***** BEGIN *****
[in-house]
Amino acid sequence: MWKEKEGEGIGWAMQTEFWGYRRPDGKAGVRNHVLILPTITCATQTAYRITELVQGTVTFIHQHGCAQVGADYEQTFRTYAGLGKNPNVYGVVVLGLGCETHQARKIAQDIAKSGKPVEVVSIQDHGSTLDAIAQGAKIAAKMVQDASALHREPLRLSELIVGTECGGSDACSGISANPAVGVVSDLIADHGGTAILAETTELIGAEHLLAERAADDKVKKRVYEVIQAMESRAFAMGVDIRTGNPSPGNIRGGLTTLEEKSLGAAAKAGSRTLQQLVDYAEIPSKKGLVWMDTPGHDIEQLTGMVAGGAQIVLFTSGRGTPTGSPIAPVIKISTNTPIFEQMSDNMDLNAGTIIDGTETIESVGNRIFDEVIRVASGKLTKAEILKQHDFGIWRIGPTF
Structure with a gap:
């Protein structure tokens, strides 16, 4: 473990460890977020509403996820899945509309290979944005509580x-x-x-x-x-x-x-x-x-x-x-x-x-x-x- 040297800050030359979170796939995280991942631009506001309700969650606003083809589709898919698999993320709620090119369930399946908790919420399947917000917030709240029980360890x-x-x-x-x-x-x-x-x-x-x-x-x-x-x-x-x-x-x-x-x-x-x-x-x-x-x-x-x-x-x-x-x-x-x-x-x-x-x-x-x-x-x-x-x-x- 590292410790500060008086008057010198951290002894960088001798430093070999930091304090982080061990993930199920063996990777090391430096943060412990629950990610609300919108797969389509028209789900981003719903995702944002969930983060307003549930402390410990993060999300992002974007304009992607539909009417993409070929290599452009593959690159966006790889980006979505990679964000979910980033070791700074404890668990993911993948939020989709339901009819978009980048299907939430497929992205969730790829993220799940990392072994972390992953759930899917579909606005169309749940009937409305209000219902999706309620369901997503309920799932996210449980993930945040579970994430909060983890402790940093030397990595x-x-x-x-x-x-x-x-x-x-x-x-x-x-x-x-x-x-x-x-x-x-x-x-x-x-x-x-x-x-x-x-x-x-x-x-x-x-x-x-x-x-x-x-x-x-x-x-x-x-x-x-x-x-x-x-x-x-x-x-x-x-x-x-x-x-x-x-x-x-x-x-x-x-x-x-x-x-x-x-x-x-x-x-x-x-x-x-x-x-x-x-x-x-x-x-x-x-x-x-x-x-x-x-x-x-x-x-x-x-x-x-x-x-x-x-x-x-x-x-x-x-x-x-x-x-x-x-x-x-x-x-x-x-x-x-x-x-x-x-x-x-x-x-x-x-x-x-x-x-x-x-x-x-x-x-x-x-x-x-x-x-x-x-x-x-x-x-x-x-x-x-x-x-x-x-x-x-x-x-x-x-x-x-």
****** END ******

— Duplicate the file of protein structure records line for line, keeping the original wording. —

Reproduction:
[in-house]
Amino acid sequence: MWKEKEGEGIGWAMQTEFWGYRRPDGKAGVRNHVLILPTITCATQTAYRITELVQGTVTFIHQHGCAQVGADYEQTFRTYAGLGKNPNVYGVVVLGLGCETHQARKIAQDIAKSGKPVEVVSIQDHGSTLDAIAQGAKIAAKMVQDASALHREPLRLSELIVGTECGGSDACSGISANPAVGVVSDLIADHGGTAILAETTELIGAEHLLAERAADDKVKKRVYEVIQAMESRAFAMGVDIRTGNPSPGNIRGGLTTLEEKSLGAAAKAGSRTLQQLVDYAEIPSKKGLVWMDTPGHDIEQLTGMVAGGAQIVLFTSGRGTPTGSPIAPVIKISTNTPIFEQMSDNMDLNAGTIIDGTETIESVGNRIFDEVIRVASGKLTKAEILKQHDFGIWRIGPTF
Structure with a gap:
């Protein structure tokens, strides 16, 4: 473990460890977020509403996820899945509309290979944005509580x-x-x-x-x-x-x-x-x-x-x-x-x-x-x- 040297800050030359979170796939995280991942631009506001309700969650606003083809589709898919698999993320709620090119369930399946908790919420399947917000917030709240029980360890x-x-x-x-x-x-x-x-x-x-x-x-x-x-x-x-x-x-x-x-x-x-x-x-x-x-x-x-x-x-x-x-x-x-x-x-x-x-x-x-x-x-x-x-x-x- 590292410790500060008086008057010198951290002894960088001798430093070999930091304090982080061990993930199920063996990777090391430096943060412990629950990610609300919108797969389509028209789900981003719903995702944002969930983060307003549930402390410990993060999300992002974007304009992607539909009417993409070929290599452009593959690159966006790889980006979505990679964000979910980033070791700074404890668990993911993948939020989709339901009819978009980048299907939430497929992205969730790829993220799940990392072994972390992953759930899917579909606005169309749940009937409305209000219902999706309620369901997503309920799932996210449980993930945040579970994430909060983890402790940093030397990595x-x-x-x-x-x-x-x-x-x-x-x-x-x-x-x-x-x-x-x-x-x-x-x-x-x-x-x-x-x-x-x-x-x-x-x-x-x-x-x-x-x-x-x-x-x-x-x-x-x-x-x-x-x-x-x-x-x-x-x-x-x-x-x-x-x-x-x-x-x-x-x-x-x-x-x-x-x-x-x-x-x-x-x-x-x-x-x-x-x-x-x-x-x-x-x-x-x-x-x-x-x-x-x-x-x-x-x-x-x-x-x-x-x-x-x-x-x-x-x-x-x-x-x-x-x-x-x-x-x-x-x-x-x-x-x-x-x-x-x-x-x-x-x-x-x-x-x-x-x-x-x-x-x-x-x-x-x-x-x-x-x-x-x-x-x-x-x-x-x-x-x-x-x-x-x-x-x-x-x-x-x-x-x-």